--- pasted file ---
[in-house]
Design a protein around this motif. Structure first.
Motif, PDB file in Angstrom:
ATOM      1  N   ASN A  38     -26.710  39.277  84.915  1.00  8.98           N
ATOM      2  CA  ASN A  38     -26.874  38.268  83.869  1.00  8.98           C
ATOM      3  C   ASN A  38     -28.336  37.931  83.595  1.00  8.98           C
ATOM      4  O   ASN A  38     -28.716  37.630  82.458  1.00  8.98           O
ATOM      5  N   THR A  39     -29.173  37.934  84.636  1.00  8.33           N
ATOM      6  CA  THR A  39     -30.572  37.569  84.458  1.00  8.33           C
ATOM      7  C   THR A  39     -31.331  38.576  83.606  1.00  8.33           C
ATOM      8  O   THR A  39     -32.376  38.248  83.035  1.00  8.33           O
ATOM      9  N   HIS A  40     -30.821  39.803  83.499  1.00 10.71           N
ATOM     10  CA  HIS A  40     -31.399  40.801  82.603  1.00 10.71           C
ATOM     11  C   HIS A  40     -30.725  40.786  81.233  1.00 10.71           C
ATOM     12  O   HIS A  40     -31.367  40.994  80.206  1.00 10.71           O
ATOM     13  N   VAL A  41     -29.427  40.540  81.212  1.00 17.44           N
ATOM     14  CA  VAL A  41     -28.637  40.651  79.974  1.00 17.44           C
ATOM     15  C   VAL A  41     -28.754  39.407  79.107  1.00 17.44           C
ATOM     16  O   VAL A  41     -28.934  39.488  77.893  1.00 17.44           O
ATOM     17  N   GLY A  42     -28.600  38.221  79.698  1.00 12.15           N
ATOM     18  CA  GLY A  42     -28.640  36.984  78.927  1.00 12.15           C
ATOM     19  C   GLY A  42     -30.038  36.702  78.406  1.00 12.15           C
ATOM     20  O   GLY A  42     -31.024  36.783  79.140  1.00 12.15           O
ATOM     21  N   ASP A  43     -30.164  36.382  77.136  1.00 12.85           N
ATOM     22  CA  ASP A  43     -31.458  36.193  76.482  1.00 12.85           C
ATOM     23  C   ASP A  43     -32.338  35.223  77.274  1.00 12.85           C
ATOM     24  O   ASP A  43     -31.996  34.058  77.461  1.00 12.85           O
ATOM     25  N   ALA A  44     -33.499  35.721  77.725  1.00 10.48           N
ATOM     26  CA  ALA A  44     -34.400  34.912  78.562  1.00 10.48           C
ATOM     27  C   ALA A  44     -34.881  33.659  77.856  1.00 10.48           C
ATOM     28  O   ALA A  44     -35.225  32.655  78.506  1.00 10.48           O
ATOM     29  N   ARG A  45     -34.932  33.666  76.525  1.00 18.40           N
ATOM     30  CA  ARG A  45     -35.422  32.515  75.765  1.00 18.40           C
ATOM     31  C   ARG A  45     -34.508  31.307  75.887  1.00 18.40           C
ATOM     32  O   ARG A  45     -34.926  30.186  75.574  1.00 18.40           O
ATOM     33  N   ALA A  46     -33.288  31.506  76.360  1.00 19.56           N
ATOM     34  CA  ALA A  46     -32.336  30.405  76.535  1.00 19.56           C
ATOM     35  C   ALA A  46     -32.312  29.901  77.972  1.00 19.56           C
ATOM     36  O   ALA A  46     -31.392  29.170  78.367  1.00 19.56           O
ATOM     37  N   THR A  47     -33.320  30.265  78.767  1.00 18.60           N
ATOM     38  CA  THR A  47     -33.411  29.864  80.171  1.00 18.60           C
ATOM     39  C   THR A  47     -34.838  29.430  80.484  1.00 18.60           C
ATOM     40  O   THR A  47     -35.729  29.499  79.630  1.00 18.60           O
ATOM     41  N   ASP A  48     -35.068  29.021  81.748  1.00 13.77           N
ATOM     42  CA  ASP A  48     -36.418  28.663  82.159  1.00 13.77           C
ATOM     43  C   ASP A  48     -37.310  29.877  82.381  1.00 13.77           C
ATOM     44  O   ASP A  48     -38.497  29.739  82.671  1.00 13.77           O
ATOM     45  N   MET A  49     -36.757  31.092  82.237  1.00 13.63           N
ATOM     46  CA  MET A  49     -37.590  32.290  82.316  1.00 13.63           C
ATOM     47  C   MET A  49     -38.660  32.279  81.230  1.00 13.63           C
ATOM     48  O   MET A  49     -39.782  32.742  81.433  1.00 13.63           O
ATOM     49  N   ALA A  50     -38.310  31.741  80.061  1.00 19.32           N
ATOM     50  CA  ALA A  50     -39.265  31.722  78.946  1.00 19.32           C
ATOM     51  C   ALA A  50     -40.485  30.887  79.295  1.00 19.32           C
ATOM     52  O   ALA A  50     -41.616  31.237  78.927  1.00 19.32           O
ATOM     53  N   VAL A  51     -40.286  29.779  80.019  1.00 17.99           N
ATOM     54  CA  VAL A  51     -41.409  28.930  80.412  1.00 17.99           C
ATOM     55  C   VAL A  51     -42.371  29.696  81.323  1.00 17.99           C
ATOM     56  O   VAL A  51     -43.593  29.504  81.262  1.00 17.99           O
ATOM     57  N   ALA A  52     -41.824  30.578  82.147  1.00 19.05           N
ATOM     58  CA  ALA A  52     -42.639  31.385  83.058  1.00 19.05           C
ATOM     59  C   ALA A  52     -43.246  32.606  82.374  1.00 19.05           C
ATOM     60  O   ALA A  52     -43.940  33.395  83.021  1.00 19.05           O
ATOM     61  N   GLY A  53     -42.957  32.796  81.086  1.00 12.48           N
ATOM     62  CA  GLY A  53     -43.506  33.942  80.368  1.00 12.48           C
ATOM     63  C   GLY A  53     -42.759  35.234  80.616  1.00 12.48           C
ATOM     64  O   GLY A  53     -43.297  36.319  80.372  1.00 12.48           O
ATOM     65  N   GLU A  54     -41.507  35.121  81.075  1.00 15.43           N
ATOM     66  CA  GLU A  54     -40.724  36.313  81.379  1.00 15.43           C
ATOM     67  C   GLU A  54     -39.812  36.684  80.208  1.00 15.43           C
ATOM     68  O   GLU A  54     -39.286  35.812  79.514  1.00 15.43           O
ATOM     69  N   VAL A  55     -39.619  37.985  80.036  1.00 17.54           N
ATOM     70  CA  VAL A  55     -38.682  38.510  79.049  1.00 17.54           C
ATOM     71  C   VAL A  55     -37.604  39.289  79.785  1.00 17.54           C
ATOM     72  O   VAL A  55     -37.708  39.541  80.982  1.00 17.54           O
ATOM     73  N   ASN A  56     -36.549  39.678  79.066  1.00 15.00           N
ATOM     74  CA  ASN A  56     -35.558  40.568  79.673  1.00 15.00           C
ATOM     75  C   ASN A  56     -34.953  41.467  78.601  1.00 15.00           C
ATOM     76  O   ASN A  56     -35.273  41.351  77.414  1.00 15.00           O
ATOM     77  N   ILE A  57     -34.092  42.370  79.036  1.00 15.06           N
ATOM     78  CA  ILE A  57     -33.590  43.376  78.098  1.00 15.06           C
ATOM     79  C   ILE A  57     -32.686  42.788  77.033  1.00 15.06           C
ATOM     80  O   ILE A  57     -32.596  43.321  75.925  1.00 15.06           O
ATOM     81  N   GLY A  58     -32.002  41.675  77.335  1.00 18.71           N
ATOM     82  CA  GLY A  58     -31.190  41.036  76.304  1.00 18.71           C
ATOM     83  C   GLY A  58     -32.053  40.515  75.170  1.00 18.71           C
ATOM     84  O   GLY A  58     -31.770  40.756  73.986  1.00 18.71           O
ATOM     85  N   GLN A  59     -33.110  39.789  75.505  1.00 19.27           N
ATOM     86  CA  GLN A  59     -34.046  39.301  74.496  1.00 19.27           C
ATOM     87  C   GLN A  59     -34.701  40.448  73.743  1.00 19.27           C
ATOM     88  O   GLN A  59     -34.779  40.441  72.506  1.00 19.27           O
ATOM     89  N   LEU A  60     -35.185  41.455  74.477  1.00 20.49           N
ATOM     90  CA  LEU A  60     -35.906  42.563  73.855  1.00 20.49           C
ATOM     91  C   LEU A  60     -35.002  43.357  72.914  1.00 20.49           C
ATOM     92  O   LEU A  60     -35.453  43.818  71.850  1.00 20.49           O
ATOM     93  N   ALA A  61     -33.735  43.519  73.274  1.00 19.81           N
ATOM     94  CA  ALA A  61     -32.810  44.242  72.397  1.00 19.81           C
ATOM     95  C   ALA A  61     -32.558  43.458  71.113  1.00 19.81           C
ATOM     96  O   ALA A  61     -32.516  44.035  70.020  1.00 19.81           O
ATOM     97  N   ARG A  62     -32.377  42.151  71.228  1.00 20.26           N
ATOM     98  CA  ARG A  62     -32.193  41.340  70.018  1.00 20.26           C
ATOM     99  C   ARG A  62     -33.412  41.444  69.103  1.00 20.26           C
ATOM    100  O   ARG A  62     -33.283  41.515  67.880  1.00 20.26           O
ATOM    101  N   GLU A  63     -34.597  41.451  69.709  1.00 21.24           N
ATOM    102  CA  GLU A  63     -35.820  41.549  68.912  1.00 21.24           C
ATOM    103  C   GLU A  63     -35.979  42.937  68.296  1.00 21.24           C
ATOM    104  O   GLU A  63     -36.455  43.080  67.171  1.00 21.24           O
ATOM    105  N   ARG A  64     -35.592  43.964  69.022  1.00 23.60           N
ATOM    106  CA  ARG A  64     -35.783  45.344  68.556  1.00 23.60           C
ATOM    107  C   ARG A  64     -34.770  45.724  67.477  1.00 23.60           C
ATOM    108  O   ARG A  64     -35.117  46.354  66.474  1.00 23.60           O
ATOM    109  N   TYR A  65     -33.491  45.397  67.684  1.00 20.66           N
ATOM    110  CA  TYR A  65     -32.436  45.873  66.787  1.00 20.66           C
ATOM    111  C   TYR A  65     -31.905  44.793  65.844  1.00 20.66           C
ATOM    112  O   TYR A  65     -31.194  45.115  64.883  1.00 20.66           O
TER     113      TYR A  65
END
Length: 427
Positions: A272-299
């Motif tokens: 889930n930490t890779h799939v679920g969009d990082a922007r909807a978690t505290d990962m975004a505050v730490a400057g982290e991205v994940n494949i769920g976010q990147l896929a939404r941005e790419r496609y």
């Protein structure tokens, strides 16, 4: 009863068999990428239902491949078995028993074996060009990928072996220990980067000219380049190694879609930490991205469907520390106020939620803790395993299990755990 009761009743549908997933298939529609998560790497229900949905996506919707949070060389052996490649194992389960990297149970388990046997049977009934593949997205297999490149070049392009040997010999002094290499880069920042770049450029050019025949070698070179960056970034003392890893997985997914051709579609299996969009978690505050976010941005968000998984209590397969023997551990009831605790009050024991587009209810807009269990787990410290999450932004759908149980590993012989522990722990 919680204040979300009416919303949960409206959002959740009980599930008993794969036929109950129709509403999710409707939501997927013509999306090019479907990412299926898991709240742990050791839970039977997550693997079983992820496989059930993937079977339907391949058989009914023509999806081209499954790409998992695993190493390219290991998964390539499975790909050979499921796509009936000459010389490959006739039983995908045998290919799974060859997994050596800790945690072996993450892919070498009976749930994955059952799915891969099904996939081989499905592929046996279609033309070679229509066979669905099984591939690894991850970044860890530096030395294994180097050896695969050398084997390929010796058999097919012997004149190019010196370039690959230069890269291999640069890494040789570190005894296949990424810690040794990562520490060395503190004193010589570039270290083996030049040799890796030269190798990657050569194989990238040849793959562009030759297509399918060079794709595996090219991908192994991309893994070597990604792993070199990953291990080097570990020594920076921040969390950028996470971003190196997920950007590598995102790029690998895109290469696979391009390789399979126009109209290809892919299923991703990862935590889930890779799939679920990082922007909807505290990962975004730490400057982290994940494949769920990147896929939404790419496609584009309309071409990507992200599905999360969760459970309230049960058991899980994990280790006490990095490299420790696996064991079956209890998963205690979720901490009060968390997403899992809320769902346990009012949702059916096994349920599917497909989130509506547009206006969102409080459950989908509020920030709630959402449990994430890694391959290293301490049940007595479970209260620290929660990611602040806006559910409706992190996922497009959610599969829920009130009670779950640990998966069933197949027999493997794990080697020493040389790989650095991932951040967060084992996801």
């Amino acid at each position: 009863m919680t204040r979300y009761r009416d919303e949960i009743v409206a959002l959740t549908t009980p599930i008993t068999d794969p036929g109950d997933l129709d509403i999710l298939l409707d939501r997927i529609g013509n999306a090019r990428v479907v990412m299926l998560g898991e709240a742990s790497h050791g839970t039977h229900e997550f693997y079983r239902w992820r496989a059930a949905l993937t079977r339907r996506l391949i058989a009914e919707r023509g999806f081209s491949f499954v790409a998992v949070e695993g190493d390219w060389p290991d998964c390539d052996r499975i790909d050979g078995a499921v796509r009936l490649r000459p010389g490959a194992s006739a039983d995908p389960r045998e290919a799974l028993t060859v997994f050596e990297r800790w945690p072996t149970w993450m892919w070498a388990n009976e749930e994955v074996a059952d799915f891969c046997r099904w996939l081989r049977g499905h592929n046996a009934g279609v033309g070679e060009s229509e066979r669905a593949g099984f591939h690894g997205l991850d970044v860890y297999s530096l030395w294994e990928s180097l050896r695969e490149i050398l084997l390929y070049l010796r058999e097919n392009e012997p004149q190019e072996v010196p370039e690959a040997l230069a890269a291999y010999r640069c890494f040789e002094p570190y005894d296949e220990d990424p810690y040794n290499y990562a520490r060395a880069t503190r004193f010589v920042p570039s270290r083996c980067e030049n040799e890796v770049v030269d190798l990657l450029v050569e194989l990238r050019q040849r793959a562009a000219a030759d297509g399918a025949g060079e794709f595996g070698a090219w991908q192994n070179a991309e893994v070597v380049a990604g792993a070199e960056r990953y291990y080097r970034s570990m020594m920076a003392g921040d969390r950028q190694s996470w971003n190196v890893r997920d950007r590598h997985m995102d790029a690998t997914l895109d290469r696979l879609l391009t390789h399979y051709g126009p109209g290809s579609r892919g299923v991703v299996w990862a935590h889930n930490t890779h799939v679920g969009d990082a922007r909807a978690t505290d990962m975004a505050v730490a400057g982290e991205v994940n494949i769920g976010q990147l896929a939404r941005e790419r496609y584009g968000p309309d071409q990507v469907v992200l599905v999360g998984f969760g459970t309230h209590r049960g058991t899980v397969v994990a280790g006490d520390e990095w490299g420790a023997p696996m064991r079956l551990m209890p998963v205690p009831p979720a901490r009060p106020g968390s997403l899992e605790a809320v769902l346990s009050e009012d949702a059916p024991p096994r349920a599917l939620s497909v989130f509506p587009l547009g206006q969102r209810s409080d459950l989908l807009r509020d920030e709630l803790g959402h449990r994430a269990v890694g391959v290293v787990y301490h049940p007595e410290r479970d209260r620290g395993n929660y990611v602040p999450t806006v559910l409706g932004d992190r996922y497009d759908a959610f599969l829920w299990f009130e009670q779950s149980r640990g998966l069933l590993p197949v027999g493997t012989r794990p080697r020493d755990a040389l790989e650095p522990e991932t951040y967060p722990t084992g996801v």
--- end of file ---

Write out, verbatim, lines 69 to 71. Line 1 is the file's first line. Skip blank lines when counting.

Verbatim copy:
ATOM     66  CA  GLU A  54     -40.724  36.313  81.379  1.00 15.43           C
ATOM     67  C   GLU A  54     -39.812  36.684  80.208  1.00 15.43           C
ATOM     68  O   GLU A  54     -39.286  35.812  79.514  1.00 15.43           O